Ever since Punjab Governor Salman Taseer was murdered by one of his bodyguards for trying to reform blasphemy laws in 2011, politicians have been reluctant to take a firm stance on the issue.

Prime Minister Nawaz Sharif waited two days before issuing a strongly worded statement saying he was "shocked and saddened by the senseless display of mob justice".

Opposition politician Imran Khan was one of the first to condemn the murder and subsequently visited Mashal Khan's family to pay his condolences. On allegations that some of the attackers were affiliated to his party, he said those involved should be treated "with iron hands" regardless of political affiliation. "The entire nation is united on one point that it was a murder and everyone wants the convicts to be punished severely," he said.

Commentators, though, have pointed out that recently the government has been taking a hard-line position on blasphemy. Last month the prime minister called blasphemy "an unpardonable sin", while the Federal Investigation Agency took out newspaper adverts asking the public to inform them of anyone involved in blasphemous activities online.

Leading columnist Cyril Almeida says the authorities have inflamed passions in recent weeks, writing "the state itself has said there are blasphemers hiding among you, the people; find them!".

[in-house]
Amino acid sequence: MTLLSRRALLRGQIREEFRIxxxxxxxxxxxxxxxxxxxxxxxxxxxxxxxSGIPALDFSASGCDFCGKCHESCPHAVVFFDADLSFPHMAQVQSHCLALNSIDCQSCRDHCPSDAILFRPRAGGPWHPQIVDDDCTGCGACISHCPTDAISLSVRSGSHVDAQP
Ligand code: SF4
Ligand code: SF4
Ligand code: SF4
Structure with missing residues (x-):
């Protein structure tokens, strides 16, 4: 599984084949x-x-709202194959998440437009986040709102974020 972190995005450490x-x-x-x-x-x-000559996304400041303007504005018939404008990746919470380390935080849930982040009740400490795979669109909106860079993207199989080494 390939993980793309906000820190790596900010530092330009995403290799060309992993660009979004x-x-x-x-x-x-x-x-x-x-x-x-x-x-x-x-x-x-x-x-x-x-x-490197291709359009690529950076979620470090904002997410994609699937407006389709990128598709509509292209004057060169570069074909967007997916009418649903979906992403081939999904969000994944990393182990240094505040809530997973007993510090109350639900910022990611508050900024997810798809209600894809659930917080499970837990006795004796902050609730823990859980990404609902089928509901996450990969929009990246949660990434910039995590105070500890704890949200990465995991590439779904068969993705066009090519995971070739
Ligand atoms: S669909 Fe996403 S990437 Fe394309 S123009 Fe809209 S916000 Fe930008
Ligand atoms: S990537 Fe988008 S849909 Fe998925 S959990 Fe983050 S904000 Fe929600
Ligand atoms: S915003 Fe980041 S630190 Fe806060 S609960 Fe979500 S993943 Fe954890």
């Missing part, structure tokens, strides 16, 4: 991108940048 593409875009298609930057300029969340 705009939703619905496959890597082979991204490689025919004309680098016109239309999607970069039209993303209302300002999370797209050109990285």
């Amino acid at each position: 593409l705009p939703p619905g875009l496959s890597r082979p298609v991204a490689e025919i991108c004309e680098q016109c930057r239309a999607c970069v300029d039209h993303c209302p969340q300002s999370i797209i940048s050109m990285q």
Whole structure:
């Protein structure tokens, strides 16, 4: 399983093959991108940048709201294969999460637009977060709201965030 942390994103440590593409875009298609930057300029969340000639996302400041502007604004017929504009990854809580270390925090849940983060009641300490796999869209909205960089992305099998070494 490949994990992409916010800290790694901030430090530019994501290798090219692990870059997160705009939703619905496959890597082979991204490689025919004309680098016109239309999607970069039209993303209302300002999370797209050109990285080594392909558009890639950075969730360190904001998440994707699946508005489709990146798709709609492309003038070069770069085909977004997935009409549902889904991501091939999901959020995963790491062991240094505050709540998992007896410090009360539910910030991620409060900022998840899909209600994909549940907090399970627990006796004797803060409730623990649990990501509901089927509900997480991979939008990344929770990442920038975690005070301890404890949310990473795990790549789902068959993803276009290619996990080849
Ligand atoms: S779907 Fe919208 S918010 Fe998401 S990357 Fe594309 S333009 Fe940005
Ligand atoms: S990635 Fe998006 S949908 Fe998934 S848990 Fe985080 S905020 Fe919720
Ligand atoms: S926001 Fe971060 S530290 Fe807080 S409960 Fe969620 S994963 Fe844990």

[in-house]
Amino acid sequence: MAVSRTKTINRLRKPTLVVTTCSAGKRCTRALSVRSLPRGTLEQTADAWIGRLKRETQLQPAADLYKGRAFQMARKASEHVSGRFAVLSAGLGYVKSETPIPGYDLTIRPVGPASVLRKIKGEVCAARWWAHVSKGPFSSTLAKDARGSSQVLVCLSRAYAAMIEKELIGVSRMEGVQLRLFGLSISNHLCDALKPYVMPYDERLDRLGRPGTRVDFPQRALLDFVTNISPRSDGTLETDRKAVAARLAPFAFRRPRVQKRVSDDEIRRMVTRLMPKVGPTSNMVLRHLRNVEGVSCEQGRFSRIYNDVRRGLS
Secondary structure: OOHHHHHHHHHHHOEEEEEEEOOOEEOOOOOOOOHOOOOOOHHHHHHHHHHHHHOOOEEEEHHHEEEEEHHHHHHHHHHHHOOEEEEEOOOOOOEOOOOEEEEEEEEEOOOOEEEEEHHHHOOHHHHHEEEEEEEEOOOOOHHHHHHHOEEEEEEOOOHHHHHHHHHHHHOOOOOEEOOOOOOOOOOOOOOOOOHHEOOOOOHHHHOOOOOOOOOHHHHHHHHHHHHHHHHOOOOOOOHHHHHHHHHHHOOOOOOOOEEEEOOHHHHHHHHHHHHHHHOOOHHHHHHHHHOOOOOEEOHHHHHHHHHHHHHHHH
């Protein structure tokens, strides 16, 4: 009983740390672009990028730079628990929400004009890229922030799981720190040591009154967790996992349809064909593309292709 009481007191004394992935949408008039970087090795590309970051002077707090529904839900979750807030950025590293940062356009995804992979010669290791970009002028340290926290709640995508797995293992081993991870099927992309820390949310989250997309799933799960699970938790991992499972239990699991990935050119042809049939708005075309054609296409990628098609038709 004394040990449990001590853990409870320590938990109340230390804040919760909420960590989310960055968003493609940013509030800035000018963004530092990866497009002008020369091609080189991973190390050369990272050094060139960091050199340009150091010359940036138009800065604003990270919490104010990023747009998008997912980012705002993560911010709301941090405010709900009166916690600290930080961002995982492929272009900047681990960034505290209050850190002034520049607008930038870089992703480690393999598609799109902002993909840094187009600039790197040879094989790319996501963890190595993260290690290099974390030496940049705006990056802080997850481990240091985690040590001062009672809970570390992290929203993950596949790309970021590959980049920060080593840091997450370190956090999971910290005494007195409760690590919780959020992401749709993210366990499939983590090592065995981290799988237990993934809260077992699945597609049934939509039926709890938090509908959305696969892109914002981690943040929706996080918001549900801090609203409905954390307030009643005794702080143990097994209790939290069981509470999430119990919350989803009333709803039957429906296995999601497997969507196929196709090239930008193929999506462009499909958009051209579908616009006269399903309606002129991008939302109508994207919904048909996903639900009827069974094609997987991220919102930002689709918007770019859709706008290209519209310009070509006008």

Could the case change blasphemy laws?

There has been a greater level of sympathy for Mashal Khan than for other victims accused of blasphemy partly because the police have made it clear there is no substance to the allegations against him.

Politicians and clerics have both talked of the need to prevent false blasphemy allegations. Cleric Mufti Naeem from the influential Jamia Binoria madrassa told reporters "blasphemy law is being misused in the country".

But there is less agreement on whether blasphemy laws should actually be changed. Much of the condemnation has revolved around the mob "taking the law into their own hands". Activist Jibran Nasir told the BBC "so far rage has been directed towards calling for tough punishment of the offenders - not reform".

Since Mashal Khan's death, there has been another killing. On Thursday, police arrested three women in north-east Pakistan for killing a Shia man accused of blasphemy in 2004 by a hard-line conservative group. He had recently returned to Pakistan from overseas to fight the case.

Mashal Khan's father told the BBC that he hoped for a strong government response, to ensure no other family experiences a similar tragedy.